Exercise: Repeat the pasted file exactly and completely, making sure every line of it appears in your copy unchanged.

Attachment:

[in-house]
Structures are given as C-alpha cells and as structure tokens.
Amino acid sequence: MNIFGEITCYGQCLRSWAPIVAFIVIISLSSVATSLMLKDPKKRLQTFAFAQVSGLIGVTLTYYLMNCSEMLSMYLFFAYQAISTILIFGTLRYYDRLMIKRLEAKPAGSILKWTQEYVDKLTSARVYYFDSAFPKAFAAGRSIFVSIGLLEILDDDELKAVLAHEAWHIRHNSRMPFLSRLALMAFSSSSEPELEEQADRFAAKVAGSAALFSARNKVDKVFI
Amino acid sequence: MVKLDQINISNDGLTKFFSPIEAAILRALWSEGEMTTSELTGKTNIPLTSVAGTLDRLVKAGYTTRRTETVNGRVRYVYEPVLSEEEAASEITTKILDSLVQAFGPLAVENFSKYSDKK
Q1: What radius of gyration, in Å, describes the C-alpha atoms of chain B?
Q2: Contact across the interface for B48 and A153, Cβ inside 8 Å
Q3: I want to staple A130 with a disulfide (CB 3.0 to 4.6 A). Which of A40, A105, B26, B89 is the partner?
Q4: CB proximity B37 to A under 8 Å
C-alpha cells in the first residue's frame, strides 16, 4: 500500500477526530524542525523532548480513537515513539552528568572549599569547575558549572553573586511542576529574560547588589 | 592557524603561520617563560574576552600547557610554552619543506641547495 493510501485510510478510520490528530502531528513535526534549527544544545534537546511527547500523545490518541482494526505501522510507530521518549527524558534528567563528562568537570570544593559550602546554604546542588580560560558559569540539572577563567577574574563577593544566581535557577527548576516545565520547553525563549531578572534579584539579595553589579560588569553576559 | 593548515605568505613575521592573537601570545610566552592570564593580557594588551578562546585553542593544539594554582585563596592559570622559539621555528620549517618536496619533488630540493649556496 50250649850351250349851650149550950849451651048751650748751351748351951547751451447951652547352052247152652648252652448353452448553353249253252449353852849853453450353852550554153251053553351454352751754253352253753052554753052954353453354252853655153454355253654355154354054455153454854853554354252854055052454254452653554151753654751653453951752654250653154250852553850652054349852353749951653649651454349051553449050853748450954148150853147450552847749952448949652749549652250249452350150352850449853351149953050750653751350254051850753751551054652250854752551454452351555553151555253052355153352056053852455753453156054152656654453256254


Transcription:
[in-house]
Structures are given as C-alpha cells and as structure tokens.
Amino acid sequence: MNIFGEITCYGQCLRSWAPIVAFIVIISLSSVATSLMLKDPKKRLQTFAFAQVSGLIGVTLTYYLMNCSEMLSMYLFFAYQAISTILIFGTLRYYDRLMIKRLEAKPAGSILKWTQEYVDKLTSARVYYFDSAFPKAFAAGRSIFVSIGLLEILDDDELKAVLAHEAWHIRHNSRMPFLSRLALMAFSSSSEPELEEQADRFAAKVAGSAALFSARNKVDKVFI
Amino acid sequence: MVKLDQINISNDGLTKFFSPIEAAILRALWSEGEMTTSELTGKTNIPLTSVAGTLDRLVKAGYTTRRTETVNGRVRYVYEPVLSEEEAASEITTKILDSLVQAFGPLAVENFSKYSDKK
Q1: What radius of gyration, in Å, describes the C-alpha atoms of chain B?
Q2: Contact across the interface for B48 and A153, Cβ inside 8 Å
Q3: I want to staple A130 with a disulfide (CB 3.0 to 4.6 A). Which of A40, A105, B26, B89 is the partner?
Q4: CB proximity B37 to A under 8 Å
C-alpha cells in the first residue's frame, strides 16, 4: 500500500477526530524542525523532548480513537515513539552528568572549599569547575558549572553573586511542576529574560547588589 | 592557524603561520617563560574576552600547557610554552619543506641547495 493510501485510510478510520490528530502531528513535526534549527544544545534537546511527547500523545490518541482494526505501522510507530521518549527524558534528567563528562568537570570544593559550602546554604546542588580560560558559569540539572577563567577574574563577593544566581535557577527548576516545565520547553525563549531578572534579584539579595553589579560588569553576559 | 593548515605568505613575521592573537601570545610566552592570564593580557594588551578562546585553542593544539594554582585563596592559570622559539621555528620549517618536496619533488630540493649556496 50250649850351250349851650149550950849451651048751650748751351748351951547751451447951652547352052247152652648252652448353452448553353249253252449353852849853453450353852550554153251053553351454352751754253352253753052554753052954353453354252853655153454355253654355154354054455153454854853554354252854055052454254452653554151753654751653453951752654250653154250852553850652054349852353749951653649651454349051553449050853748450954148150853147450552847749952448949652749549652250249452350150352850449853351149953050750653751350254051850753751551054652250854752551454452351555553151555253052355153352056053852455753453156054152656654453256254